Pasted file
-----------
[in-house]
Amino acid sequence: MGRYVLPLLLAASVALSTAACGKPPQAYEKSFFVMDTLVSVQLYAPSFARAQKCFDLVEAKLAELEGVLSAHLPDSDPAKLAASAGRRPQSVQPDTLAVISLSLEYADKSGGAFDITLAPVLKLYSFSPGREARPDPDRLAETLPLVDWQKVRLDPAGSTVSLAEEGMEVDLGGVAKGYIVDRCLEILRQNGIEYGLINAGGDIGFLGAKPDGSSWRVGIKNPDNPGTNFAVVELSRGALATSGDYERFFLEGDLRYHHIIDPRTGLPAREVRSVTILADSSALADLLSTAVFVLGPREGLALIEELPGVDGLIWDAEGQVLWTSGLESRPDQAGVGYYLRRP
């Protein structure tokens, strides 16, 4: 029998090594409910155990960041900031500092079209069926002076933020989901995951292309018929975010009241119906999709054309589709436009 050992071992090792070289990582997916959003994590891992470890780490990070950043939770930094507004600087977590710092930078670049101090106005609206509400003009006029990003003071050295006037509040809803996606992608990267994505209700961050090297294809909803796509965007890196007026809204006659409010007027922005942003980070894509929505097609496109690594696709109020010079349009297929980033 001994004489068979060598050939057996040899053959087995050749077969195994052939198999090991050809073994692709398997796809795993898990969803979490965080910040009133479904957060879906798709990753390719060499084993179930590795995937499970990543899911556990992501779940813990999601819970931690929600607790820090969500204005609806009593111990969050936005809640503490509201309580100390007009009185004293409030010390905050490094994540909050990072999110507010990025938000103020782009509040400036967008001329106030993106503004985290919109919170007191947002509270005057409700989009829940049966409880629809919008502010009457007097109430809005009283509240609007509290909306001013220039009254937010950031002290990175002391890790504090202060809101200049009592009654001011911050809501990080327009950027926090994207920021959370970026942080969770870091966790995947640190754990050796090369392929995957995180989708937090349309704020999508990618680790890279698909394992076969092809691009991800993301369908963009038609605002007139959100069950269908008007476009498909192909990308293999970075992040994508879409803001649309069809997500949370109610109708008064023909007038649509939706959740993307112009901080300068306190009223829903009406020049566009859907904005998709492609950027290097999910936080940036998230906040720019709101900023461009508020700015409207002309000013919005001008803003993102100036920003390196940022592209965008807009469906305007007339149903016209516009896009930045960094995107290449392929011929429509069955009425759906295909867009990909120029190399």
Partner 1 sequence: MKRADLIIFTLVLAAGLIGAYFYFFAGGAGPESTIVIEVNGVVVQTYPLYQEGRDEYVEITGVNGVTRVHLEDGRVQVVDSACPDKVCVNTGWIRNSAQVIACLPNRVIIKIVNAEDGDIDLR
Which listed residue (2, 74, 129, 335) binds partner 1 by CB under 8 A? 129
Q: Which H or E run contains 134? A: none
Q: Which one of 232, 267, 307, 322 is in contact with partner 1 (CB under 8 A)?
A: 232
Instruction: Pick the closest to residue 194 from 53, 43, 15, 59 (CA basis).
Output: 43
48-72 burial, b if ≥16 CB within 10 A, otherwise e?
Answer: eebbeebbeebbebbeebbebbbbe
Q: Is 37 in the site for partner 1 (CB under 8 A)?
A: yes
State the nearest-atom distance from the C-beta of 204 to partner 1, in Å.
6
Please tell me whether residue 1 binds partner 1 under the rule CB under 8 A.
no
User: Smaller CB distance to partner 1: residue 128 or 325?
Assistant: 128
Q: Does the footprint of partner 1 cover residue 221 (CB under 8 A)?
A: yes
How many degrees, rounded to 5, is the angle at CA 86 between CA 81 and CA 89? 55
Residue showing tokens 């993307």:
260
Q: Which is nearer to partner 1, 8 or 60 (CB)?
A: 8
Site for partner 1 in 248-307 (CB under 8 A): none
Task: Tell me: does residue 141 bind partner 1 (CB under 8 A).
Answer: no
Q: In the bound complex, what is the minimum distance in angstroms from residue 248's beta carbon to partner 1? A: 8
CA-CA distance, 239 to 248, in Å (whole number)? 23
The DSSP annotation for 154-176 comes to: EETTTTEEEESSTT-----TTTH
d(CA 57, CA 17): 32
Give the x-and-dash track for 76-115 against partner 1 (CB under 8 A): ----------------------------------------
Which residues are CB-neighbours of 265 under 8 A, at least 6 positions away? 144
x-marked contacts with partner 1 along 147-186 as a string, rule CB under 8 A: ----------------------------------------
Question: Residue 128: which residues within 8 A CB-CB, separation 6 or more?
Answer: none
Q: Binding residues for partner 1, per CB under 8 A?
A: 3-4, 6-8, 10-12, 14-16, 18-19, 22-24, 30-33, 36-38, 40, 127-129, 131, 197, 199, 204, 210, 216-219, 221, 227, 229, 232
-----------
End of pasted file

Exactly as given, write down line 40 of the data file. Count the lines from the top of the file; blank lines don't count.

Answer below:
Q: Binding residues for partner 1, per CB under 8 A?